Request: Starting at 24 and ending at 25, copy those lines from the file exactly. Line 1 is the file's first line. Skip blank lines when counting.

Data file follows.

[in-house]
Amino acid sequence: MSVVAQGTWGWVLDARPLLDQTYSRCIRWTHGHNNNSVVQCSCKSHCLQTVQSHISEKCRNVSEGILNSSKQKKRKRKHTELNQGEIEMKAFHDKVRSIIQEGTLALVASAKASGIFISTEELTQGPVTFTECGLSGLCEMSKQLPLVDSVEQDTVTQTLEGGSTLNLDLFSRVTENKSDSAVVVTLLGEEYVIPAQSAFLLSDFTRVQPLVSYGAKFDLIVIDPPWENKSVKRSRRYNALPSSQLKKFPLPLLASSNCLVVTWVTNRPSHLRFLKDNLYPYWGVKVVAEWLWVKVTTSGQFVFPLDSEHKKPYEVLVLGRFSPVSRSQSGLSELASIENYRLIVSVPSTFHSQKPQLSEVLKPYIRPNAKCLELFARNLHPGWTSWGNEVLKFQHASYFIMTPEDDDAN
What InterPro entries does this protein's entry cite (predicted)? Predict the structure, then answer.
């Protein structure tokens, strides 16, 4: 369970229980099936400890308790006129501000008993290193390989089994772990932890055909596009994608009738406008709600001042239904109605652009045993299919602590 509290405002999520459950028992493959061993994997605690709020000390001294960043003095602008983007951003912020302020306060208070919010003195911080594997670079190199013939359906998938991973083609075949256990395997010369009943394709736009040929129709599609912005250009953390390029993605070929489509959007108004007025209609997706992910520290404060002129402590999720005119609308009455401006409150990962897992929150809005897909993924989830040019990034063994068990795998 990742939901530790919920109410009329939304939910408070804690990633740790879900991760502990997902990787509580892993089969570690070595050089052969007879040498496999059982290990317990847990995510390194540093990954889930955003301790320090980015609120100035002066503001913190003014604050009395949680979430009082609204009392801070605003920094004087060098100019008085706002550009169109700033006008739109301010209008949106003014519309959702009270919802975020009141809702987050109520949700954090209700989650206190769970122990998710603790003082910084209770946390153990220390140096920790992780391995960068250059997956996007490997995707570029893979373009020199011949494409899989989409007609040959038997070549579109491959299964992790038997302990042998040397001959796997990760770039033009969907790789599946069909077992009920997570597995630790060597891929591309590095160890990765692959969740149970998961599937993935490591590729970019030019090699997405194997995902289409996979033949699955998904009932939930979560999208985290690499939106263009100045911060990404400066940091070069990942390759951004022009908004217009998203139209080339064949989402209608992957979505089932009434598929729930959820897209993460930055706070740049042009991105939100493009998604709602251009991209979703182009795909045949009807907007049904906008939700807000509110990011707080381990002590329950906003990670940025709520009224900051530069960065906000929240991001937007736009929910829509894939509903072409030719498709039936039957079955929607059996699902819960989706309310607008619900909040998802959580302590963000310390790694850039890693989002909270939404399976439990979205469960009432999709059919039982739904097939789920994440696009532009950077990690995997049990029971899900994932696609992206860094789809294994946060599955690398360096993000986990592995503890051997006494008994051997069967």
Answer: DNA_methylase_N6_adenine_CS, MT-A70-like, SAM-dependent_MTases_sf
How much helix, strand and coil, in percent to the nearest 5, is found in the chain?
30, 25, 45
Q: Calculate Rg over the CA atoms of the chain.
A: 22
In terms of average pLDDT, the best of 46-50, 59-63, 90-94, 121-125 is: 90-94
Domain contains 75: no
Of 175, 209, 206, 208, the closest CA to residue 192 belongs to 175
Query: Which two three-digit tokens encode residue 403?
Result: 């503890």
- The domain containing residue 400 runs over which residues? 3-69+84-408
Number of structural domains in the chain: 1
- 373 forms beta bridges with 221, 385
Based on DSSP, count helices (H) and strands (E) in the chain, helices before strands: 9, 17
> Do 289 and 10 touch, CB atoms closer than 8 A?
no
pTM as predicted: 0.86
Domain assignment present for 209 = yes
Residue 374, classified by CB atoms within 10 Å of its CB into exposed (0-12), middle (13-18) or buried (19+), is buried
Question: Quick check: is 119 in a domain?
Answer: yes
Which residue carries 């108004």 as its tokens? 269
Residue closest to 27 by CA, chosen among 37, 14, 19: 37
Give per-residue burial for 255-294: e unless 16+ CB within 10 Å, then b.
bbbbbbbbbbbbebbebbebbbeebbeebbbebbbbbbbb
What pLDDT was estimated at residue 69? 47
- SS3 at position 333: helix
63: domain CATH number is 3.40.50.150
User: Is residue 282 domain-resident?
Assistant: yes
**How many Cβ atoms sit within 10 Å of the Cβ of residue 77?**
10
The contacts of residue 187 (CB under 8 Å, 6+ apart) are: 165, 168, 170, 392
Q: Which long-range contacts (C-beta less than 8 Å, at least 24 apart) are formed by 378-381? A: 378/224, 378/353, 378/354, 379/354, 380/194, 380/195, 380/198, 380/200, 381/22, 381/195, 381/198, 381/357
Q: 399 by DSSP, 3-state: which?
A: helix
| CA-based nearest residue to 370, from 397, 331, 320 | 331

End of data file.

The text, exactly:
Question: Quick check: is 119 in a domain?
Answer: yes